EDITORIAL: Getting information is a right

The NDP government needs to keep this promise

The public’s faith in government has always been tenuous and B.C.’s leaders have certainly been no exception to that fundamental truth.

Trust, we’ve learned, is earned and tends to be rooted in transparency.

That trust was seriously eroded under the leadership of Christie Clark who, in 1996, said (with media present) “If I had won the battle in cabinet, we wouldn’t have Freedom of Information.”

Hardly inspiring.

But when the government changed, the NDP promised a moral reawakening. Transparency, they said, would become a priority.

Unfortunately for politicians, we can all best be judged, not by the promises made, but on those kept. Despite its commitments, the NDP has not lived up to its high-minded campaign rhetoric about transparency.

Sure, there have been modest improvements in erasing the culture of secrecy established under the previous government. But baby steps are not enough.

It’s still possible for officials to seal records regarding policy advice, including all facts and analysis that were used to develop that advice.

Wholly owned subsidiaries of government are still excluded from freedom of information laws.

And it’s still possible for documents to be destroyed or never created. There is nothing to prevent minutes from just not being created if there is a thought that a pesky FOI request might uncover an unseemly discussion.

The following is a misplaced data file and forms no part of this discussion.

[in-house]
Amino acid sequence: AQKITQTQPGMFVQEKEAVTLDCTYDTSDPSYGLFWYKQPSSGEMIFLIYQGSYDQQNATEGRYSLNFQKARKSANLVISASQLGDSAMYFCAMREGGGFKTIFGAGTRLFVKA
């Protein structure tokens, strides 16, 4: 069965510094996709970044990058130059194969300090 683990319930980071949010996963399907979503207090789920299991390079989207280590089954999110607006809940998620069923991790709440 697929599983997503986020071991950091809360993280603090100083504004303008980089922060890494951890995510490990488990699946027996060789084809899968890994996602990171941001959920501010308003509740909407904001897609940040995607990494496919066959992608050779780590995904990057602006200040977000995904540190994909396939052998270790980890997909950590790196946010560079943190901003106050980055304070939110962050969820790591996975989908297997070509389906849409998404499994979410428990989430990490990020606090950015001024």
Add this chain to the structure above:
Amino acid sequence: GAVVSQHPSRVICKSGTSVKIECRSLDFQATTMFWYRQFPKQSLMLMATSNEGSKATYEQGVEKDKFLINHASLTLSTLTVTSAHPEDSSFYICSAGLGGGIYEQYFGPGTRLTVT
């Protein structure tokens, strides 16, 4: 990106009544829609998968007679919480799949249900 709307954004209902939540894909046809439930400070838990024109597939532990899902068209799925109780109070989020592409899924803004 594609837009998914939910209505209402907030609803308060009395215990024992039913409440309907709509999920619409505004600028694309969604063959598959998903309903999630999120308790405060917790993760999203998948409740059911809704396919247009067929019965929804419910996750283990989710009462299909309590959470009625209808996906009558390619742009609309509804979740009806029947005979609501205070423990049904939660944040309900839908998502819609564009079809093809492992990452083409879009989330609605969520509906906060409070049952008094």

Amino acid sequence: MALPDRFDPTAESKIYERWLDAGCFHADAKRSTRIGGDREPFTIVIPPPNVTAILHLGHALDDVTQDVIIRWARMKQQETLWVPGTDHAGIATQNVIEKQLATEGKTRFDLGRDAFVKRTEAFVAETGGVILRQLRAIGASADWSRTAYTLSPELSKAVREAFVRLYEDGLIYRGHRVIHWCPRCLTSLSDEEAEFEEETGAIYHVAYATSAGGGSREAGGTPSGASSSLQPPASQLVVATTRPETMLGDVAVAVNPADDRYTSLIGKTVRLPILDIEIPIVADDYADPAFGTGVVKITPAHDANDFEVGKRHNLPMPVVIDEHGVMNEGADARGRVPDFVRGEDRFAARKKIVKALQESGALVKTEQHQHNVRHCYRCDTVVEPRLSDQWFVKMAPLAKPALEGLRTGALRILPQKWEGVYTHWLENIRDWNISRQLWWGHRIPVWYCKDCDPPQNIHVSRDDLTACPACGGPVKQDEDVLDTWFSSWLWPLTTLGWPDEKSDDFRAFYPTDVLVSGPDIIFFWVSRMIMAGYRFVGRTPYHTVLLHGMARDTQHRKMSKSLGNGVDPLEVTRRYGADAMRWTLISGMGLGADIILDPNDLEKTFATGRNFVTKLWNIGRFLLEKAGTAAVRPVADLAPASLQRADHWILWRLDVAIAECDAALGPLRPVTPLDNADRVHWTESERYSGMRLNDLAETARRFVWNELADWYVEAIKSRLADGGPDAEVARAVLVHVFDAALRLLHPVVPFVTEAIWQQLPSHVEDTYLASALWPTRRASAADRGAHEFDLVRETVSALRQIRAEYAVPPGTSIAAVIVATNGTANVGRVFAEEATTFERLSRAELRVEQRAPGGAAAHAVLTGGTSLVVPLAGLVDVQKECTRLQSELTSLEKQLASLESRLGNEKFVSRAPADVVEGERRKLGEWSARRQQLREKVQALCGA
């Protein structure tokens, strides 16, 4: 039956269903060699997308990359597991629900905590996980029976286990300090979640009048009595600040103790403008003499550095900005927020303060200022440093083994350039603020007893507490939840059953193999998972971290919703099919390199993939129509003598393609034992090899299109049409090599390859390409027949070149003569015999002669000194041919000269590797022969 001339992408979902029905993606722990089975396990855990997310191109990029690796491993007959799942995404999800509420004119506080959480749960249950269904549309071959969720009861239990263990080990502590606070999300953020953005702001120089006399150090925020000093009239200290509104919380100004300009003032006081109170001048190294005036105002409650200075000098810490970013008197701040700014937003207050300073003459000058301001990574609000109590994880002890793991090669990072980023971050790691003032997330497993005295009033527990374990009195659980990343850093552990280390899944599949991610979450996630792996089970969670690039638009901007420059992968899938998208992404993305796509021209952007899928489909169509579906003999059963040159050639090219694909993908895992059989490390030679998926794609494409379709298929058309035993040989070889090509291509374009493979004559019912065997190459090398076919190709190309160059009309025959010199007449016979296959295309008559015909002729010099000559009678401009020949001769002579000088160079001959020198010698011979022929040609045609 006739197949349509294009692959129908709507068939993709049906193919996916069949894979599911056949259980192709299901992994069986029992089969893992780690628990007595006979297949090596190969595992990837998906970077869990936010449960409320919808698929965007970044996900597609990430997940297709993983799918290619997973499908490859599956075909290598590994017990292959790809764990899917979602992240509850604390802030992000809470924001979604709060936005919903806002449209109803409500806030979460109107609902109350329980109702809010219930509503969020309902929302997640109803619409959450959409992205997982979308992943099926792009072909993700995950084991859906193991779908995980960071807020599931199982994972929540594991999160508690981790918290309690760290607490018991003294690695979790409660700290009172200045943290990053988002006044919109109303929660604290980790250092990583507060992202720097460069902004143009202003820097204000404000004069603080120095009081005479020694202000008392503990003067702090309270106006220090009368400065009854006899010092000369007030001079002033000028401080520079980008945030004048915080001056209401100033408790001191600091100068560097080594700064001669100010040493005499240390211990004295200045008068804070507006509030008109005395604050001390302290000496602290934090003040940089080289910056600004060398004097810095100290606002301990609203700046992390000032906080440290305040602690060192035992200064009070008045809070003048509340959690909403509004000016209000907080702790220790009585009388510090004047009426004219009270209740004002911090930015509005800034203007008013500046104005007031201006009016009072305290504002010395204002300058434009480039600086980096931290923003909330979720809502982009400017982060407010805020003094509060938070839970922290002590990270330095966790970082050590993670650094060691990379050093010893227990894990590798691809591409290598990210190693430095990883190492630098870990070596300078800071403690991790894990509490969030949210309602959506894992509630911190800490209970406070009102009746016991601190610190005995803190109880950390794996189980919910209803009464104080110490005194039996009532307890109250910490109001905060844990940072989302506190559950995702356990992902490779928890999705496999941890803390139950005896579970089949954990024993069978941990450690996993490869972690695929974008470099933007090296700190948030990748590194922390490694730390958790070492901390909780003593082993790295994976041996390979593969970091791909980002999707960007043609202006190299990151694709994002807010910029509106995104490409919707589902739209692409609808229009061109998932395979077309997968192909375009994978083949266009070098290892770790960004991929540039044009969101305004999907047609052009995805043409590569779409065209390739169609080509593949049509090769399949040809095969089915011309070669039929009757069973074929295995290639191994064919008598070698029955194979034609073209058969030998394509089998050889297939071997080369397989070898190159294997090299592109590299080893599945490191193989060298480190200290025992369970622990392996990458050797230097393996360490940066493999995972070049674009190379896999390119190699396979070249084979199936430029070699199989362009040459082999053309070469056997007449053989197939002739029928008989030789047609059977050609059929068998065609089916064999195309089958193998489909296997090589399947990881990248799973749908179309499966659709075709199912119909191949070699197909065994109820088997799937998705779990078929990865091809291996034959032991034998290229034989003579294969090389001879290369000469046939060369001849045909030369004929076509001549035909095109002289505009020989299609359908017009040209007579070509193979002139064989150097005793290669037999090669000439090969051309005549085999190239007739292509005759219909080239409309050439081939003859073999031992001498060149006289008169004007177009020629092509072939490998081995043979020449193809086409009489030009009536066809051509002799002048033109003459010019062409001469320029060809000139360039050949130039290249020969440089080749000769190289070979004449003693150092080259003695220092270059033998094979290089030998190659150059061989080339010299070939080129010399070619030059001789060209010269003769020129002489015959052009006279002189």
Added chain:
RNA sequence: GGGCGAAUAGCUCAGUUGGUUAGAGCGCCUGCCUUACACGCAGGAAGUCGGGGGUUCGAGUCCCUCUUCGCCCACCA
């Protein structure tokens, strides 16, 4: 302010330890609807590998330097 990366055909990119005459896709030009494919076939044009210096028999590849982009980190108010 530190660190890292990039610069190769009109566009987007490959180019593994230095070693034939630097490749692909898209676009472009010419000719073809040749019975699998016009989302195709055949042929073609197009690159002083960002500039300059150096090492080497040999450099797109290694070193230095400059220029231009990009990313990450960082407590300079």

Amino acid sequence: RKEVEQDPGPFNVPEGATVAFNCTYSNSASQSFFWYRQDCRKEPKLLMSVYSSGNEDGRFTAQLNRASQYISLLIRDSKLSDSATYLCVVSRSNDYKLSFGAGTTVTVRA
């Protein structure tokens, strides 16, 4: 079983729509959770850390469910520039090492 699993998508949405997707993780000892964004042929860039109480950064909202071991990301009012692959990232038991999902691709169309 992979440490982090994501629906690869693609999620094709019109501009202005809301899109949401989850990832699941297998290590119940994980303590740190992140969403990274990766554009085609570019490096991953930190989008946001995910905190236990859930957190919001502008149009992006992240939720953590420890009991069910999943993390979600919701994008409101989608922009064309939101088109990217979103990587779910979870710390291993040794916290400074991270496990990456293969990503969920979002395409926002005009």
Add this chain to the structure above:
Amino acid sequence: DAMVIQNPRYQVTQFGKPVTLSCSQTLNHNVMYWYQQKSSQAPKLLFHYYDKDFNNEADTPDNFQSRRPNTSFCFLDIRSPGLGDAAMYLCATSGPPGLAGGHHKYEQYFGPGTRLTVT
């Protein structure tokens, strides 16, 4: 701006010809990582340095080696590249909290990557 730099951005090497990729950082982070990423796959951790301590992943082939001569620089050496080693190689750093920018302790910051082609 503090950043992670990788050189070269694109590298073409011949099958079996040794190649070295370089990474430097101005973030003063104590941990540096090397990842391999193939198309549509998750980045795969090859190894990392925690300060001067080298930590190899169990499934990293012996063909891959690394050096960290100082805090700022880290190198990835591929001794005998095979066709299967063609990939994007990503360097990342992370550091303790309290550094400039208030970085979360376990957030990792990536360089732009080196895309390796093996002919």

All of these factors still lead to blank responses to FOI requests.

Finally, there is no mandatory notification required when the privacy of citizens has been breached. Those breaches are not hypothetical; they have occurred in the past and will happen again.

It’s why the B.C. Freedom of Information and Privacy Association has launched a petition urging the provincial government to keep it’s promises regarding government transparency.

It’s a petition that should never have been required, of course, as we count on politicians to keep promises that involve one of the fundamental principles that got them elected in the first place.

In the end, Premier John Horgan and his ministers need to realize that a government that holds themselves accountable to nobody ought not to be trusted by anybody. We believe that Horgan and his crew are better than that. It’s time to earn that trust.


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